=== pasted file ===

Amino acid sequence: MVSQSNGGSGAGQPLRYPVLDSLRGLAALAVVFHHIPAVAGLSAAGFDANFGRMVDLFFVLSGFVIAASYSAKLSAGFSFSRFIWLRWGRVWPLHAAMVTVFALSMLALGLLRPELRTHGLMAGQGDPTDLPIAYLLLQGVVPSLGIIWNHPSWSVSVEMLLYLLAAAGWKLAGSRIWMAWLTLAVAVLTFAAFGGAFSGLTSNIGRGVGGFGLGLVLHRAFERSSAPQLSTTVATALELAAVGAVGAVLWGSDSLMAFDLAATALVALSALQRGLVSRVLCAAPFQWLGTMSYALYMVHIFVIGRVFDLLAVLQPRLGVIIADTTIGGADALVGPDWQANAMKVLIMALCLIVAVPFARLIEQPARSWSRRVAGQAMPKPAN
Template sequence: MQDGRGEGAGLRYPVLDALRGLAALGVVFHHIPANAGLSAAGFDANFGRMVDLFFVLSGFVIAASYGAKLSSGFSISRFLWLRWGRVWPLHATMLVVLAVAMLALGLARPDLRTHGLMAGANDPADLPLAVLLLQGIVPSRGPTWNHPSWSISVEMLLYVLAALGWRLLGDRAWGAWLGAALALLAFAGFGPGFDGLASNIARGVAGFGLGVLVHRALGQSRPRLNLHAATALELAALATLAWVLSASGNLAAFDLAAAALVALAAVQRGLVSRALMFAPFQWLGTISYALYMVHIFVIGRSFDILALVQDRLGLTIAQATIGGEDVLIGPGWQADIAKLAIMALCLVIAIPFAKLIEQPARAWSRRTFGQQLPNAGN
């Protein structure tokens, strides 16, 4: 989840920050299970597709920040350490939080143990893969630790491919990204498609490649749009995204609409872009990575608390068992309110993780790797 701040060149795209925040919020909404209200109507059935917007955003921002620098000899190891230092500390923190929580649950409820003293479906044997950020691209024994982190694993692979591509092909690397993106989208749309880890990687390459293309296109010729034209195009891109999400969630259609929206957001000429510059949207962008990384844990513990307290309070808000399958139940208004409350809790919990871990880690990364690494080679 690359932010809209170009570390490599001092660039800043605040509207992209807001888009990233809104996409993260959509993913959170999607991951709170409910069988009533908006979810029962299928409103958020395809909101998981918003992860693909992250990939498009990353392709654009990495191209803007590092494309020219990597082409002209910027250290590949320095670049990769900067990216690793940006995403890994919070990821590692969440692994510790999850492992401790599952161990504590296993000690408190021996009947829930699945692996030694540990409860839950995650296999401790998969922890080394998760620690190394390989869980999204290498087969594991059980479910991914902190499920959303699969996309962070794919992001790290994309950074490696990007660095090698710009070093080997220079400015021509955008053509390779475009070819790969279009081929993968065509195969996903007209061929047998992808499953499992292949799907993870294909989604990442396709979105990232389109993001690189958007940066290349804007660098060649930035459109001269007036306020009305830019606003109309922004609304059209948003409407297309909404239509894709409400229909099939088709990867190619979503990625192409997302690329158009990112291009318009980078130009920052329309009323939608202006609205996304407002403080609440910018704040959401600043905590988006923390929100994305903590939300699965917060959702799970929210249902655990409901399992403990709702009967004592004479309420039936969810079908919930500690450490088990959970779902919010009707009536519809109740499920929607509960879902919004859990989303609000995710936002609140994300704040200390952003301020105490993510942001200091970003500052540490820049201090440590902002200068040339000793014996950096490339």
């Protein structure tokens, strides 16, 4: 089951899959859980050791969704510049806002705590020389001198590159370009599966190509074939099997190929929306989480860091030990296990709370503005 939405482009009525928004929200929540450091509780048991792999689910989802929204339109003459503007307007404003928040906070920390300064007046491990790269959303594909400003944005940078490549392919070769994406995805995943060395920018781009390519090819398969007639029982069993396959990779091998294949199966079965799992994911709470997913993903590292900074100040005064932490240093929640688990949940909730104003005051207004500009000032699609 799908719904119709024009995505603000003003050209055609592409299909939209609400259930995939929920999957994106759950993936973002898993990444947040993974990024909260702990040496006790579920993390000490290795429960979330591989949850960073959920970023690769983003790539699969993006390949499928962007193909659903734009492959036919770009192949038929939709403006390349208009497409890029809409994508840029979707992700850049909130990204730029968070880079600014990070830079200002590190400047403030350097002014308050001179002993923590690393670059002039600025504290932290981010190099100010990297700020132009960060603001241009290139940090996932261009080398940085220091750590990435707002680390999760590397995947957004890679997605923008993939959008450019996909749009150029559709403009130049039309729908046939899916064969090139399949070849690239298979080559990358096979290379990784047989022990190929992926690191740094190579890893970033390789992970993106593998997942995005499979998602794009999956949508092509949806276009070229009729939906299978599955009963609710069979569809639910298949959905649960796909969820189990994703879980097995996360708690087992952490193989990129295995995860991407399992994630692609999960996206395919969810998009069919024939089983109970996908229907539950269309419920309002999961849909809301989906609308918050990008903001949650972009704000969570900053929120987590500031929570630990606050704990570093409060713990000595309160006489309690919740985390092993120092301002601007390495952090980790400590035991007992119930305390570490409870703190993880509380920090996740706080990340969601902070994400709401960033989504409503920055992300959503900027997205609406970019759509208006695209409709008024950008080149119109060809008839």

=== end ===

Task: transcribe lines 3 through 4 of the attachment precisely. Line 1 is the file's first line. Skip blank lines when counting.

């Protein structure tokens, strides 16, 4: 989840920050299970597709920040350490939080143990893969630790491919990204498609490649749009995204609409872009990575608390068992309110993780790797 701040060149795209925040919020909404209200109507059935917007955003921002620098000899190891230092500390923190929580649950409820003293479906044997950020691209024994982190694993692979591509092909690397993106989208749309880890990687390459293309296109010729034209195009891109999400969630259609929206957001000429510059949207962008990384844990513990307290309070808000399958139940208004409350809790919990871990880690990364690494080679 690359932010809209170009570390490599001092660039800043605040509207992209807001888009990233809104996409993260959509993913959170999607991951709170409910069988009533908006979810029962299928409103958020395809909101998981918003992860693909992250990939498009990353392709654009990495191209803007590092494309020219990597082409002209910027250290590949320095670049990769900067990216690793940006995403890994919070990821590692969440692994510790999850492992401790599952161990504590296993000690408190021996009947829930699945692996030694540990409860839950995650296999401790998969922890080394998760620690190394390989869980999204290498087969594991059980479910991914902190499920959303699969996309962070794919992001790290994309950074490696990007660095090698710009070093080997220079400015021509955008053509390779475009070819790969279009081929993968065509195969996903007209061929047998992808499953499992292949799907993870294909989604990442396709979105990232389109993001690189958007940066290349804007660098060649930035459109001269007036306020009305830019606003109309922004609304059209948003409407297309909404239509894709409400229909099939088709990867190619979503990625192409997302690329158009990112291009318009980078130009920052329309009323939608202006609205996304407002403080609440910018704040959401600043905590988006923390929100994305903590939300699965917060959702799970929210249902655990409901399992403990709702009967004592004479309420039936969810079908919930500690450490088990959970779902919010009707009536519809109740499920929607509960879902919004859990989303609000995710936002609140994300704040200390952003301020105490993510942001200091970003500052540490820049201090440590902002200068040339000793014996950096490339």
């Protein structure tokens, strides 16, 4: 089951899959859980050791969704510049806002705590020389001198590159370009599966190509074939099997190929929306989480860091030990296990709370503005 939405482009009525928004929200929540450091509780048991792999689910989802929204339109003459503007307007404003928040906070920390300064007046491990790269959303594909400003944005940078490549392919070769994406995805995943060395920018781009390519090819398969007639029982069993396959990779091998294949199966079965799992994911709470997913993903590292900074100040005064932490240093929640688990949940909730104003005051207004500009000032699609 799908719904119709024009995505603000003003050209055609592409299909939209609400259930995939929920999957994106759950993936973002898993990444947040993974990024909260702990040496006790579920993390000490290795429960979330591989949850960073959920970023690769983003790539699969993006390949499928962007193909659903734009492959036919770009192949038929939709403006390349208009497409890029809409994508840029979707992700850049909130990204730029968070880079600014990070830079200002590190400047403030350097002014308050001179002993923590690393670059002039600025504290932290981010190099100010990297700020132009960060603001241009290139940090996932261009080398940085220091750590990435707002680390999760590397995947957004890679997605923008993939959008450019996909749009150029559709403009130049039309729908046939899916064969090139399949070849690239298979080559990358096979290379990784047989022990190929992926690191740094190579890893970033390789992970993106593998997942995005499979998602794009999956949508092509949806276009070229009729939906299978599955009963609710069979569809639910298949959905649960796909969820189990994703879980097995996360708690087992952490193989990129295995995860991407399992994630692609999960996206395919969810998009069919024939089983109970996908229907539950269309419920309002999961849909809301989906609308918050990008903001949650972009704000969570900053929120987590500031929570630990606050704990570093409060713990000595309160006489309690919740985390092993120092301002601007390495952090980790400590035991007992119930305390570490409870703190993880509380920090996740706080990340969601902070994400709401960033989504409503920055992300959503900027997205609406970019759509208006695209409709008024950008080149119109060809008839």